• If child support is changed or modified, the judge will not go back in time to change it before the petition to modify was filed.

Required Forms

To try to change support, several forms will be needed. Many of the following forms will be required in all cases. Some of the forms may be needed in your particular case. They include:
  • Answer (Modification of Child Support)
  • Child Support Order Summary Report
  • Child Support Work Sheets
  • Findings, Conclusion and Order on Petition for Modification of Child Support
  • Motion to Present Oral Testimony (Modification of Child Support)
  • Notice of Hearing
  • Order of Child Support
  • Order of Default (Modification of Child Support)
  • Order on Motion to Present Oral Testimony
  • Petition for Modification of Child Support
  • Request to Schedule Hearing
  • Return of Service
  • Summons for Modification of Child Support
These forms may be purchased as a set from the Yakima County Clerk. The Yakima Valley Regional Library reference desk may have a book of forms you can look at and photocopy. Neither the County Clerk nor the librarian can give you legal advice.

State Laws

There are several statutes and cases which address issues involving child support. It can be very complicated. You are urged to discuss your situation with an attorney. The primary state laws that control changing child support can be found in the Revised Code of Washington (RCW) 26.09.170. and RCW 26.09.175.

Income Evaluation

Hearings to change child support are usually conducted by the judge reading the relevant portions of the court file, reviewing the child support worksheets and sworn statements or affidavits, and by hearing brief legal arguments on the issues. The law provides that the judge will not listen to live testimony unless the judge gives prior permission. You must provide income information such as pay stubs, W-2 forms and tax returns for the last 2 years. This will help the judge understand the basic economic circumstances of the parents.

Income of a new spouse or another adult in your household is generally not considered in determining the basic amount of child support. However, that information must also be included in the worksheets.

The law assumes that all parents, even if unemployed, can pay at least $25 per month per child. If income information is not available for a parent, for example, because the parent cannot be found, the court can assume that parent earns an amount equal to the state average for workers of the same age and sex. That state average income can be used to fill out the worksheets.

Some parents quit working to try to avoid paying child support. If a parent is voluntarily unemployed or underemployed, the court can use a figure based upon the average incomes for workers in the state, or on some other reasonable basis.

State-by-State Child Support

If one parent lives in another state, it may be difficult to change an existing support order in this state. In certain circumstances, the courts in the other state may need to be used instead. Each state has its own laws regarding child support. You are advised to consult with an attorney if the other parent lives in another state.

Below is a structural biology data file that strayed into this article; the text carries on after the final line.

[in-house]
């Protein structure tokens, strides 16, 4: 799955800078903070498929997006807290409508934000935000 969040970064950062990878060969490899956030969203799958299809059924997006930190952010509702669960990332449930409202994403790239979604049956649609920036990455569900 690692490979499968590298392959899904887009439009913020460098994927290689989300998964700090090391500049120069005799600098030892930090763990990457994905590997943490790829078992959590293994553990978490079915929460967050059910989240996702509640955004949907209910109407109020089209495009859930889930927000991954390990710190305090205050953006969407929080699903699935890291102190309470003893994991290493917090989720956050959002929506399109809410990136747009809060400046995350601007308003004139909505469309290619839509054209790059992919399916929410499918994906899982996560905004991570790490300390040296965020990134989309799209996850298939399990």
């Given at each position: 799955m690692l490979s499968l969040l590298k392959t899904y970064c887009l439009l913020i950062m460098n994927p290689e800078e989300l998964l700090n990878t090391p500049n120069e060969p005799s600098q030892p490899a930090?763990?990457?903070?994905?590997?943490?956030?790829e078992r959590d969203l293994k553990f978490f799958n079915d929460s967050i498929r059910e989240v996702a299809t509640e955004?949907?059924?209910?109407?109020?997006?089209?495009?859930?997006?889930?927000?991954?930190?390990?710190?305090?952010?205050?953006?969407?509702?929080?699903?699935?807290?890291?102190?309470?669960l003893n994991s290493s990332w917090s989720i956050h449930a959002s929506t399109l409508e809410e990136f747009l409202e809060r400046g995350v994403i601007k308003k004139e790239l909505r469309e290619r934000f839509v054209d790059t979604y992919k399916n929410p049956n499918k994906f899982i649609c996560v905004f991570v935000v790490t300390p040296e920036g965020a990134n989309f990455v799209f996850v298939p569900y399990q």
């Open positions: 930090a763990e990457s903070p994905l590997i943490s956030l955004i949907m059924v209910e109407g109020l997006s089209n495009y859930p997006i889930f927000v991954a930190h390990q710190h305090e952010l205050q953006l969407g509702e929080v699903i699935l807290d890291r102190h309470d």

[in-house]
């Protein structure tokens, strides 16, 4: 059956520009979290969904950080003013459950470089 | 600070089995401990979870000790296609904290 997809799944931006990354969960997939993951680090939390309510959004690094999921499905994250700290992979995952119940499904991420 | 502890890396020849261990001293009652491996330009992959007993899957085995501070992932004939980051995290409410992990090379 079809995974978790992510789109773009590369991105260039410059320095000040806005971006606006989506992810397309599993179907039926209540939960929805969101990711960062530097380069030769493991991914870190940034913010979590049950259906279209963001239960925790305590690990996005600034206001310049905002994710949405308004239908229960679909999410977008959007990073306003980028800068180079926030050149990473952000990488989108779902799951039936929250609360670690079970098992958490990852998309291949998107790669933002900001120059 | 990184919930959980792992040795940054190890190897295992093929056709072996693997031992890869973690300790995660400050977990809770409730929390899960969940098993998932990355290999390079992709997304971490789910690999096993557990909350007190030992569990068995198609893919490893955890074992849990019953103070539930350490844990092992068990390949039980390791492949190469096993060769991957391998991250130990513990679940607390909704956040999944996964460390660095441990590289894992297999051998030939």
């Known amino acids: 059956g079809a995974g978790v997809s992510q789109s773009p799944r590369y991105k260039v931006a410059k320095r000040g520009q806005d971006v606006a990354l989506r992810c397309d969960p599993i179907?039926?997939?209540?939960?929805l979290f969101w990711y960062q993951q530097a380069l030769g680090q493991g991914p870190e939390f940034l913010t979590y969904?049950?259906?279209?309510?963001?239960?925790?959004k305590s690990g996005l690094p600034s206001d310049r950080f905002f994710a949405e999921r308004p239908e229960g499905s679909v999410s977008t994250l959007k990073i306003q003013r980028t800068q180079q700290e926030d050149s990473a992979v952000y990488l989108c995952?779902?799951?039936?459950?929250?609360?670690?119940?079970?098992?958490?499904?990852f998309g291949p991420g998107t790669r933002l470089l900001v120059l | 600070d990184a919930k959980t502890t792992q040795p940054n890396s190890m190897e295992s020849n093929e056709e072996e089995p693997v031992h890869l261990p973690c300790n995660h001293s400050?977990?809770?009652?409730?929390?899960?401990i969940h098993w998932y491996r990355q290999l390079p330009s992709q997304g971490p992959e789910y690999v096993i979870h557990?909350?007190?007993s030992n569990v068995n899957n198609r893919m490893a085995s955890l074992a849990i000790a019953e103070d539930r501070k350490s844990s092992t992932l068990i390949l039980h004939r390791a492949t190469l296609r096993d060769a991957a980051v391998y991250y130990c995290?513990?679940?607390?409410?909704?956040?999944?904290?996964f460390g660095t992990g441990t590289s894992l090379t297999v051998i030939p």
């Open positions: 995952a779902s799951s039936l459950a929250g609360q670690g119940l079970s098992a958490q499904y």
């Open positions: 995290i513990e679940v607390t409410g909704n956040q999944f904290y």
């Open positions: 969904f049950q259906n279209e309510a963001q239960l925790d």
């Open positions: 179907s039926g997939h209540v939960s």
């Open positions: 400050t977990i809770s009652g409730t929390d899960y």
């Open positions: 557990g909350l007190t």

Child Support & Visitation

Child support and visitation of children have no legal relation. One parent cannot withhold visits simply because the other parent is behind on payments. The other parent cannot withhold paying support simply because he or she has not been able to visit the child. Remember, visits and support are for your child and should not be used as a weapon between parents.

If parents are not following court orders to pay support or allow visitation, the other parent can force them to court by filing a motion for contempt. Contempt can mean jail. It certainly can mean some expenses for the parent who is wrong. The judge can require the parent who is wrong to pay the other parent's attorney's fees!

Using the work sheets, instructions and the child support tables, the law tries to make the process simple, predictable, and uniform across the state. The instructions to the work sheets should answer many questions you have. Yakima County Superior Court cannot give you legal advice. If you have questions or concerns about child support, you should consult with an attorney.

Collecting Support

Parents who are ordered to pay support can be forced to do so through various means. Parents can be brought to court to collect past due child support going back as far as 10 years. A parent may be required to pay support to the Washington State Support Registry rather than directly paying to the other parent. See RCW 26.23.050.

The court may order parents who are behind on paying child support to have the support automatically deducted from their wages. See RCW 26.18.070.

If you are having difficulty collecting child support from the other parent, you may be able to get help from the Division of Child Support at Department of Social and Health Services (DSHS), or the Yakima County Prosecuting Attorney's Office - Family Support Division.


Parents must be responsible for caring for their children emotionally and financially. There are limited ways to change the amount of child support that may have been ordered in the past, either to raise it or lower it. Failure to pay support can result in extra expense to the person required to pay it. Children should not be caught in the middle of any dispute between their parents about money. Child support is an adult matter. Please leave your children out of any arguments.

If you cannot resolve your matters with the other parent, the court is available to hear your case once you file the necessary documents. If you have questions or concerns about child support, it is wise to consult with an attorney.

The Division of Child Support - Yakima Field Office, located at 1002 N 16th Avenue in Yakima may be able to answer some of your questions about support. Their phone number in Yakima is 509-249-6000.